• Crate training. While some pet owners may think of crate training as cruel confinement, it’s actually the opposite. When done correctly, crate training can help your canine to establish a safe space that he can retreat to whenever he’s feeling stressed.

  • Desensitization. Teach your pup to form positive associations with experiences that he may otherwise find less than ideal. For example, condition him to welcome alone time by giving him a treat or toy limited to times when you’re gone. You can also try desensitizing him to your “getting ready to leave” routine by picking up your keys or putting on your shoes, but then doing something at home such as making dinner or watching TV.

  • Encourage independence. Don’t be overly emotional when leaving or coming home, because this will only encourage your dog to do the same. Spend some time training your dog commands such as “stay” when you go into another room, and gradually increase the length of time that you’re out of sight until he’s more comfortable being alone.

  • Establish a routine. Help your pup understand that even if there are times when he’s left alone, he’ll still be sure to get his quality time with his favorite person. Be sure to incorporate plenty of exercise (mental and physical!), since a happy, busy, tired dog is less likely to be stressed out when left alone—especially if his social needs are met through plenty of playing and training.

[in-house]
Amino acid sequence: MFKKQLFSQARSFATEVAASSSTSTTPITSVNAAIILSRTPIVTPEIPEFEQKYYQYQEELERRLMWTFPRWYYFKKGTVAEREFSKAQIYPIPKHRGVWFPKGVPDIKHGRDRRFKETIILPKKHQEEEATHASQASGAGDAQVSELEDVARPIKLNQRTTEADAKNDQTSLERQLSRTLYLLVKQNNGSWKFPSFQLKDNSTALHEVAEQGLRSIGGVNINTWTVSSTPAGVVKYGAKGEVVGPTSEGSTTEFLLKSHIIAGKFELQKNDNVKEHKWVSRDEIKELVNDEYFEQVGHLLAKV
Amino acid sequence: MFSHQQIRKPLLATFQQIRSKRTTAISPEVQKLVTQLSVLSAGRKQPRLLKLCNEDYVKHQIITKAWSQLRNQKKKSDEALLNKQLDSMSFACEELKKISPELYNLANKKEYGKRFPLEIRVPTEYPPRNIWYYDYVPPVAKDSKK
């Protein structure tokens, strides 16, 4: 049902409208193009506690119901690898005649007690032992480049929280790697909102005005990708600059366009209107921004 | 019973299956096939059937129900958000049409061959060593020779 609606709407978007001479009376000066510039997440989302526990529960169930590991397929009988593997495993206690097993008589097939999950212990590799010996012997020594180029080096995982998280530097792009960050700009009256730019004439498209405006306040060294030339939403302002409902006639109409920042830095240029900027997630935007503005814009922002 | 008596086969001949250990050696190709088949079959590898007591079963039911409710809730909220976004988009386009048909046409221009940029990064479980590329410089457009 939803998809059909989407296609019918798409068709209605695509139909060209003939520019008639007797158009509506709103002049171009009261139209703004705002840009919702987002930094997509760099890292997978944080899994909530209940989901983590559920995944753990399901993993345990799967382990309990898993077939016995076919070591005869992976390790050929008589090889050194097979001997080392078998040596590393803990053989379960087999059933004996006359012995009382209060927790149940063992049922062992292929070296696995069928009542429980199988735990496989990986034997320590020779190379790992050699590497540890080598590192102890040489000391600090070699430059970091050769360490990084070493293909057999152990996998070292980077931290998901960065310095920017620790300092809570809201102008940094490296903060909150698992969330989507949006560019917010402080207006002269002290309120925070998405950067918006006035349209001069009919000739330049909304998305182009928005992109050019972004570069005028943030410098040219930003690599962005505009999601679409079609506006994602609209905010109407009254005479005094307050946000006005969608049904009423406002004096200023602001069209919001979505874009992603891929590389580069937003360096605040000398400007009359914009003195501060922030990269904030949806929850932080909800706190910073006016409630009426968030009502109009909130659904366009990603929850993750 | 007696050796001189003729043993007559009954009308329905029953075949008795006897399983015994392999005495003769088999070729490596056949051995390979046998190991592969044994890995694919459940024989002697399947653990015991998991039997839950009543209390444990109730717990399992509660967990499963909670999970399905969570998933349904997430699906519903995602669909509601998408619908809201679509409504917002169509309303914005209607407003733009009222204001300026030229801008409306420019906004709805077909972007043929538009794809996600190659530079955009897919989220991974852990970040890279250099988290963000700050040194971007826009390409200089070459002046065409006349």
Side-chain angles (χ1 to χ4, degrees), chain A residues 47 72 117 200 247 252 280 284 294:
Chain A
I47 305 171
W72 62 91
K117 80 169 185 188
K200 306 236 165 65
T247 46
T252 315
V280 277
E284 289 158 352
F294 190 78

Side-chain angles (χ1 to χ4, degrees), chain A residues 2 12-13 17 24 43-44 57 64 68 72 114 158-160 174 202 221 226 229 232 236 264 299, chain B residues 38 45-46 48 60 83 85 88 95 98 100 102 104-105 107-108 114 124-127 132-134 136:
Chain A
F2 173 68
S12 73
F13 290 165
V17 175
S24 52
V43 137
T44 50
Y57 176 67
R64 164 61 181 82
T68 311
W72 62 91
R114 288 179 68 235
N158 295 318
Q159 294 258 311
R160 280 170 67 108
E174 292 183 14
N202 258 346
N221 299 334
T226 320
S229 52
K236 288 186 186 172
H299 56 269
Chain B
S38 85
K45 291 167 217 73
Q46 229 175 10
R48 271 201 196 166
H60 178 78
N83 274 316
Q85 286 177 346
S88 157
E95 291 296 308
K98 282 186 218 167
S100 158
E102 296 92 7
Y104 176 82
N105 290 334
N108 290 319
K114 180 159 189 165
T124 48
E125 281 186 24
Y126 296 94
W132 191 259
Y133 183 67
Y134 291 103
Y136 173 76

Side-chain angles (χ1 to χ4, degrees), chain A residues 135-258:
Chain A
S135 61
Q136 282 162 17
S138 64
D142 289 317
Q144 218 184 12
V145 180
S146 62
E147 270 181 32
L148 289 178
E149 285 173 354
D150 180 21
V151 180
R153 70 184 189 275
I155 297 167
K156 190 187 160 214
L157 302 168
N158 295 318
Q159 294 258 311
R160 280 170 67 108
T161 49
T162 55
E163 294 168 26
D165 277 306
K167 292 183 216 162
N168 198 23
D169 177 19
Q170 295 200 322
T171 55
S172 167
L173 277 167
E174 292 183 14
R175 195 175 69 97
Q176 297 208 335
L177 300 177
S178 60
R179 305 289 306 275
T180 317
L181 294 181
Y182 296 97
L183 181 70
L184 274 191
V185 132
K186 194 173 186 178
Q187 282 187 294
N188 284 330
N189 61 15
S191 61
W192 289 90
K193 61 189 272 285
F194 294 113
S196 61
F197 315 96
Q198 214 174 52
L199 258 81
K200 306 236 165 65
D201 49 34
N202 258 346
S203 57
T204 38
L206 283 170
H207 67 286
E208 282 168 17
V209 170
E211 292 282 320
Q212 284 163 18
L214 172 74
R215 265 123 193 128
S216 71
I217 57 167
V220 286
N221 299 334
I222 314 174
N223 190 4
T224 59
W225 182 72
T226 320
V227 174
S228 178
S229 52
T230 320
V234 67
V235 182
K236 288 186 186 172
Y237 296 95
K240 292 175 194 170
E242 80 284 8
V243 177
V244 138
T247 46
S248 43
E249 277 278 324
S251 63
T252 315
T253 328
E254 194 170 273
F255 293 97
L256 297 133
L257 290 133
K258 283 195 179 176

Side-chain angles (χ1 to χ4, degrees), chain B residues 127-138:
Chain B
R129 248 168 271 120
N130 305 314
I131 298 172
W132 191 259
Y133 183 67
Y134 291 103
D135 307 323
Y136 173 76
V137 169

• Incorporate medications and/or natural supplements. Depending on the severity of your dog’s separation anxiety, your vet may recommend anxiety medications. Otherwise, consider natural calming supplements, such as Pet Honesty’s Premium Hemp Calming Chews

Never punish your dog for his anxiety-induced behavior—this will only make the situation worse. Additionally, do not try to resolve bad habits related to separation anxiety with obedience training. If the issue doesn’t stem from disobedience, then obedience training isn’t the answer.

For more severe cases of separation anxiety, it may be worth investing in a professional behavior specialist.